A new dawn for charities in LGPS – Bulletin 42

LGPS 22 Sep 2020 By

A concerted campaign to provide charities who participate in the local government pension scheme with greater flexibility in managing their risks and associated costs at last seems to have finally resulted in a positive outcome.

The recent publication by the Ministry of Housing, Communities & Local Government of a “Review of employer contributions and flexibility on exit payments” at last seems to offer some hope for charities seemingly trapped in LGPS.

The problem has always been that when charities run out of contributing members or look to exit LGPS a cessation (exit) debt will be calculated. This is carried out on a ‘nil risk basis’ which means that the liabilities, and therefore any deficit, is much higher than on an ‘on-going’ or FRS102 accounting basis. Many third sector organisations therefore find themselves with the Hobson’s choice of continuing to build additional unaffordable liabilities or an unaffordable exit payment. A number of organisations have recently found themselves driven in to insolvency by the weight of their pension liabilities.

In order to help with this the Government is now planning to amend the LGPS Regulations in two key ways:-

  1. Greater flexibility on exit payments – this would allow exiting employers to enter into agreements with LGPS to fund any cessation debt due over a period of time. This would allow uncertain pension liabilities to be turned in to a stream of fixed payments to be set over an affordable agreed term.
  2. The introduction of a Deferred Debt option – this would allow schemes to defer any exit payment and to permit the employer to carry on in the scheme on an on-going basis. The employer would retain all the same obligations to the scheme with future payments uncertain. However, immediate costs are likely to be lower and therefore much more affordable, allowing employers to better manage the risk of future benefits building up. Valuations would be carried out regularly and contributions adjusted if necessary.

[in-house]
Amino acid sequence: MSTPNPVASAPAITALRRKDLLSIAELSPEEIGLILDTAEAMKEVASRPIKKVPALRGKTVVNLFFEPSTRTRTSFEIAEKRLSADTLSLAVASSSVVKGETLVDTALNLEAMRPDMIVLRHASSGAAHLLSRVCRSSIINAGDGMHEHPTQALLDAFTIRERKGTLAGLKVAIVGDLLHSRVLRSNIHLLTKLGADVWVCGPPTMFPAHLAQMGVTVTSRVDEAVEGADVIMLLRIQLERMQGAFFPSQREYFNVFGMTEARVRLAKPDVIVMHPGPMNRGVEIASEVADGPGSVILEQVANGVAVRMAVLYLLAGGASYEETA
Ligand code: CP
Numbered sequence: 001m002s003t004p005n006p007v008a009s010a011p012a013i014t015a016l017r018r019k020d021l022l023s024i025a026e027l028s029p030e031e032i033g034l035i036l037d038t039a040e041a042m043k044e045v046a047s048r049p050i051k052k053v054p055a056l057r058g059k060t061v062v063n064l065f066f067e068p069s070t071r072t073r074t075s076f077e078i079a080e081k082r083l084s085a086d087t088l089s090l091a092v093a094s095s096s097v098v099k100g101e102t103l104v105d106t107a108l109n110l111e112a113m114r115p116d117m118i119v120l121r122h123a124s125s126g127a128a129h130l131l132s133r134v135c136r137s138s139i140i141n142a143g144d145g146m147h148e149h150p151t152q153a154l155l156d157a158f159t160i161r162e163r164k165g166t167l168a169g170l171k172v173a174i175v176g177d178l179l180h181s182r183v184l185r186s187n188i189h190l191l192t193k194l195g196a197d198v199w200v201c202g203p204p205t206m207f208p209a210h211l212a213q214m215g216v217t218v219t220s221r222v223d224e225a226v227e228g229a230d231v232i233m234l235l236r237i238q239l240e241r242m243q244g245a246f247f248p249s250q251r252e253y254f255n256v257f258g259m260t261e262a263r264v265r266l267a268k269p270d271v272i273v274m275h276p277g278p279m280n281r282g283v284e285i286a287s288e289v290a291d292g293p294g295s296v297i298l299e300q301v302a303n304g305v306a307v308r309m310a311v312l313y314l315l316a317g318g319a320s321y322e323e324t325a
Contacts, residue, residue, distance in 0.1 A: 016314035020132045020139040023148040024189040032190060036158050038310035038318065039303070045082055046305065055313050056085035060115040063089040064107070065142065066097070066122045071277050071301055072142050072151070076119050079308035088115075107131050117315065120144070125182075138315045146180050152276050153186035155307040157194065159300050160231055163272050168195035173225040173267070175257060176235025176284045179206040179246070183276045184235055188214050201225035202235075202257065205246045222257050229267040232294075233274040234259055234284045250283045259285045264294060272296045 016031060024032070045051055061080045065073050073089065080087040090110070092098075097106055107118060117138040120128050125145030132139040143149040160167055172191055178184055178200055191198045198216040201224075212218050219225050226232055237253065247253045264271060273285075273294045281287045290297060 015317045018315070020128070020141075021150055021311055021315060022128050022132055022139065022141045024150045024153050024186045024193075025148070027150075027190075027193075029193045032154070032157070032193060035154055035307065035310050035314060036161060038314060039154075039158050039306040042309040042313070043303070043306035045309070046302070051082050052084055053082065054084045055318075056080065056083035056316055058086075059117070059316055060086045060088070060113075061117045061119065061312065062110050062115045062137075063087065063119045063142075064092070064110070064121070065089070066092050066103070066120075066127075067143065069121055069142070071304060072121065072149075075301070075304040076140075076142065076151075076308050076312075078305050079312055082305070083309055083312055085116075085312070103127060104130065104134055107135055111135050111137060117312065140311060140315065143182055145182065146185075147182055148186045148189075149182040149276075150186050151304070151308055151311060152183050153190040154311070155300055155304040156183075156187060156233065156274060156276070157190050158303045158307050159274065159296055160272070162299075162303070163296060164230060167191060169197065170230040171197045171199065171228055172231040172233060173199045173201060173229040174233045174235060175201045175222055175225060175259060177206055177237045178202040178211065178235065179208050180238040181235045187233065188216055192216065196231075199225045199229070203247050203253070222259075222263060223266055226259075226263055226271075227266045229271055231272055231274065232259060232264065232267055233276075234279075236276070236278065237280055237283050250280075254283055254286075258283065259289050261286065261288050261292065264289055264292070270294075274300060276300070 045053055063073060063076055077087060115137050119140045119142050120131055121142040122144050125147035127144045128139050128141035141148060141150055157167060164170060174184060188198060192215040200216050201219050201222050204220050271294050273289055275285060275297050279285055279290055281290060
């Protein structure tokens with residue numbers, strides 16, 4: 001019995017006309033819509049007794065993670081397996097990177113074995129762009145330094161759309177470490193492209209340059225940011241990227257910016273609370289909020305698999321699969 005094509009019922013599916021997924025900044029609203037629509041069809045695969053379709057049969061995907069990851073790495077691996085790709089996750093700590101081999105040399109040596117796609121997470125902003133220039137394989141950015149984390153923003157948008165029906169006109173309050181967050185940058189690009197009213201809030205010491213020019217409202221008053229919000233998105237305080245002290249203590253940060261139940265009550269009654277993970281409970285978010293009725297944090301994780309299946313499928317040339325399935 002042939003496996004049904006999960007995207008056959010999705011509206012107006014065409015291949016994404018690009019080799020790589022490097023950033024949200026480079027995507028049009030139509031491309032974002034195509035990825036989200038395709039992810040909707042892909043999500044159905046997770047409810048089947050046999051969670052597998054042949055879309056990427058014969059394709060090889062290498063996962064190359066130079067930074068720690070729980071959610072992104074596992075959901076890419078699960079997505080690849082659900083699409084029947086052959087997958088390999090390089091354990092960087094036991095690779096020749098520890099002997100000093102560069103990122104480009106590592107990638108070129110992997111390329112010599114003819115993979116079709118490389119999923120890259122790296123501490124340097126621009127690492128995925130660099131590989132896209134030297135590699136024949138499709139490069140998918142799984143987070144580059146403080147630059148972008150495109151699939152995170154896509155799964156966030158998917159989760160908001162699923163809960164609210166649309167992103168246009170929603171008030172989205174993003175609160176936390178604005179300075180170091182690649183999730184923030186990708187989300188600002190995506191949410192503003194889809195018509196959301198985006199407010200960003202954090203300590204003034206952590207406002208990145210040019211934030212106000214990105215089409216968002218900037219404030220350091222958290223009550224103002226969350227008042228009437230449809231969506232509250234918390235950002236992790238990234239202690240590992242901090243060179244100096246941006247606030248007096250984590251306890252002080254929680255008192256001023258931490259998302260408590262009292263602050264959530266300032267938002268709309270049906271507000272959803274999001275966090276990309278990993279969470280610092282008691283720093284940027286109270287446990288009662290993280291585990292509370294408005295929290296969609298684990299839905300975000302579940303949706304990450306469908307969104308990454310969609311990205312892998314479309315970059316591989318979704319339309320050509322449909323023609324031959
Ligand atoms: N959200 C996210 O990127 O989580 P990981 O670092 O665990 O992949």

These changes will be hugely welcome for many charities.

Fortunately, a number of Funds had already seen the common sense in making pragmatic arrangements to deal with exits however, to date they have been in the minority with the vast majority choosing to await a formal change in Regulation, which hopefully now should not be far away.

It is proposed that the new Regulations will provide Funds with a lot of discretion over how they are operated based upon their local experience. To ensure consistency and transparency funds need to consult with their professional advisers and to publish their approach in their Funding Strategy Statement.

Given the imminence of the changes, the level of control this is likely to provide Funds and the value in dealing with further accrual as quickly as possible I would like to think that they should be prepared to engage with charities to look at their future options straight away, especially given that any solution is likely to take a number of months to agree. Charities should therefore engage with their professional advisers and the Funds to consider what approach would best suit them.

Article first published in Charity Finance Group Finance Focus – September 2020.

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